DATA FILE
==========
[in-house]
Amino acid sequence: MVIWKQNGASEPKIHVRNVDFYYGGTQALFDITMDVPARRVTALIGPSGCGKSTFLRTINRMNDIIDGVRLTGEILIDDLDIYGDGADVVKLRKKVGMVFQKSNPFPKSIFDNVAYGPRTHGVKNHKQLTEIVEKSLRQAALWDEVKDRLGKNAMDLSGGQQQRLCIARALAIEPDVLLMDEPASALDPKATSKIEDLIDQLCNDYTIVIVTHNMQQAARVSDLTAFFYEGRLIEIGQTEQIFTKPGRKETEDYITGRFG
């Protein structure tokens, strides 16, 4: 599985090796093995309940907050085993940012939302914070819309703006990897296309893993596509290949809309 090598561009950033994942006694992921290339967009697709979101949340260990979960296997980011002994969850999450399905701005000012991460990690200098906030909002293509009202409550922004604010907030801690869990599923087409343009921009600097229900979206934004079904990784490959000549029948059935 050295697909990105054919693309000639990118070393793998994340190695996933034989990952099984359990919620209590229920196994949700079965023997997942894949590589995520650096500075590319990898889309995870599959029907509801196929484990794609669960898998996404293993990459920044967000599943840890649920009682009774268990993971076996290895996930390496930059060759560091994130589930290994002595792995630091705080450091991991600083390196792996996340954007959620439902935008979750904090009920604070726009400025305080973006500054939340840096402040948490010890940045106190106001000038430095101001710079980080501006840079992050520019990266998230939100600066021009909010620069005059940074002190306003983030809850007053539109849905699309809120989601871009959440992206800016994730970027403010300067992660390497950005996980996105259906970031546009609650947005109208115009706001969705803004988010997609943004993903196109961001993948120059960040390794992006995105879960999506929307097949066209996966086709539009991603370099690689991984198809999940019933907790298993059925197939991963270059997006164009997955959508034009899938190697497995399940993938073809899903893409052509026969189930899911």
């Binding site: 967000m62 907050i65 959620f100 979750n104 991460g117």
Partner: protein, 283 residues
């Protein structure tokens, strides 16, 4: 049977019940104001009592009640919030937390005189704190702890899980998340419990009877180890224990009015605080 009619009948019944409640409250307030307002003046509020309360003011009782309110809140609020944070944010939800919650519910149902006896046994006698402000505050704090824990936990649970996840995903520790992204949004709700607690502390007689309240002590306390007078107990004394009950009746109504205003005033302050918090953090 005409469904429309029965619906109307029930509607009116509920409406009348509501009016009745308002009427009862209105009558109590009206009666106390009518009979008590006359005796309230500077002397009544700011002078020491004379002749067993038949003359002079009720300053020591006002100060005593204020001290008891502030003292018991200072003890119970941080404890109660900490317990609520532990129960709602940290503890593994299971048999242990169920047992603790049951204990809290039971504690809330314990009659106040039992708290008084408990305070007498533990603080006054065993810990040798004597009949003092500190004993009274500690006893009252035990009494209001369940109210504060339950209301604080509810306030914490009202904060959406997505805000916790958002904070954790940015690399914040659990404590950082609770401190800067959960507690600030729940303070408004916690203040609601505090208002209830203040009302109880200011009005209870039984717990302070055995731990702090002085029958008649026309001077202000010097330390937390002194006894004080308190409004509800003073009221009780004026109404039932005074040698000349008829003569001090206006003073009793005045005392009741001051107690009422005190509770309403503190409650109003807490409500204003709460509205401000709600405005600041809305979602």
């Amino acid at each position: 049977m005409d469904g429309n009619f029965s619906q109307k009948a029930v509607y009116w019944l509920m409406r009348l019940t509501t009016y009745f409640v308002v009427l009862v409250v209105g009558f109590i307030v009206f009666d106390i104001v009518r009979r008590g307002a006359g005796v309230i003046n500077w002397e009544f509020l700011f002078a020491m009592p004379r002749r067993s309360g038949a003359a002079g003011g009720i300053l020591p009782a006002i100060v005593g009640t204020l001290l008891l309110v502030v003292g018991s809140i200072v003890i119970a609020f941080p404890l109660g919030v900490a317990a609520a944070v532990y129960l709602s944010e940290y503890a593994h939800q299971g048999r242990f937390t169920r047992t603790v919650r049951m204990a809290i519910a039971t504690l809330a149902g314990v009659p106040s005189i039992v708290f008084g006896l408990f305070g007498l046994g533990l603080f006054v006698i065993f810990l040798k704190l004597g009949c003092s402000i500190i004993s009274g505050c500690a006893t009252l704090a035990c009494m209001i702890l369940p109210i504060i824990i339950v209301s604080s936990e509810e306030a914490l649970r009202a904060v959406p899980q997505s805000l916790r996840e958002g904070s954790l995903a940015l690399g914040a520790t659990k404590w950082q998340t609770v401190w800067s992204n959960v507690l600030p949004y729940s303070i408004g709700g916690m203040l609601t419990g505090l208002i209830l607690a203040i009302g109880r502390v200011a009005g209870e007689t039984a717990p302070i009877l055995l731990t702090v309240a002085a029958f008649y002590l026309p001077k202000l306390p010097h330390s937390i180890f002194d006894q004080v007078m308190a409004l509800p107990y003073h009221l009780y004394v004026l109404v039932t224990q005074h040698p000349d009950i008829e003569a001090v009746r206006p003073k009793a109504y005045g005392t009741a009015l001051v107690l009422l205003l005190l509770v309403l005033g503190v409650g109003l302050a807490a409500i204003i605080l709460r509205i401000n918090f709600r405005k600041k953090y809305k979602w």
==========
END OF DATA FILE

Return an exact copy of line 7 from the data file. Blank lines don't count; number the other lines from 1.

């Amino acid at each position: 049977m005409d469904g429309n009619f029965s619906q109307k009948a029930v509607y009116w019944l509920m409406r009348l019940t509501t009016y009745f409640v308002v009427l009862v409250v209105g009558f109590i307030v009206f009666d106390i104001v009518r009979r008590g307002a006359g005796v309230i003046n500077w002397e009544f509020l700011f002078a020491m009592p004379r002749r067993s309360g038949a003359a002079g003011g009720i300053l020591p009782a006002i100060v005593g009640t204020l001290l008891l309110v502030v003292g018991s809140i200072v003890i119970a609020f941080p404890l109660g919030v900490a317990a609520a944070v532990y129960l709602s944010e940290y503890a593994h939800q299971g048999r242990f937390t169920r047992t603790v919650r049951m204990a809290i519910a039971t504690l809330a149902g314990v009659p106040s005189i039992v708290f008084g006896l408990f305070g007498l046994g533990l603080f006054v006698i065993f810990l040798k704190l004597g009949c003092s402000i500190i004993s009274g505050c500690a006893t009252l704090a035990c009494m209001i702890l369940p109210i504060i824990i339950v209301s604080s936990e509810e306030a914490l649970r009202a904060v959406p899980q997505s805000l916790r996840e958002g904070s954790l995903a940015l690399g914040a520790t659990k404590w950082q998340t609770v401190w800067s992204n959960v507690l600030p949004y729940s303070i408004g709700g916690m203040l609601t419990g505090l208002i209830l607690a203040i009302g109880r502390v200011a009005g209870e007689t039984a717990p302070i009877l055995l731990t702090v309240a002085a029958f008649y002590l026309p001077k202000l306390p010097h330390s937390i180890f002194d006894q004080v007078m308190a409004l509800p107990y003073h009221l009780y004394v004026l109404v039932t224990q005074h040698p000349d009950i008829e003569a001090v009746r206006p003073k009793a109504y005045g005392t009741a009015l001051v107690l009422l205003l005190l509770v309403l005033g503190v409650g109003l302050a807490a409500i204003i605080l709460r509205i401000n918090f709600r405005k600041k953090y809305k979602w």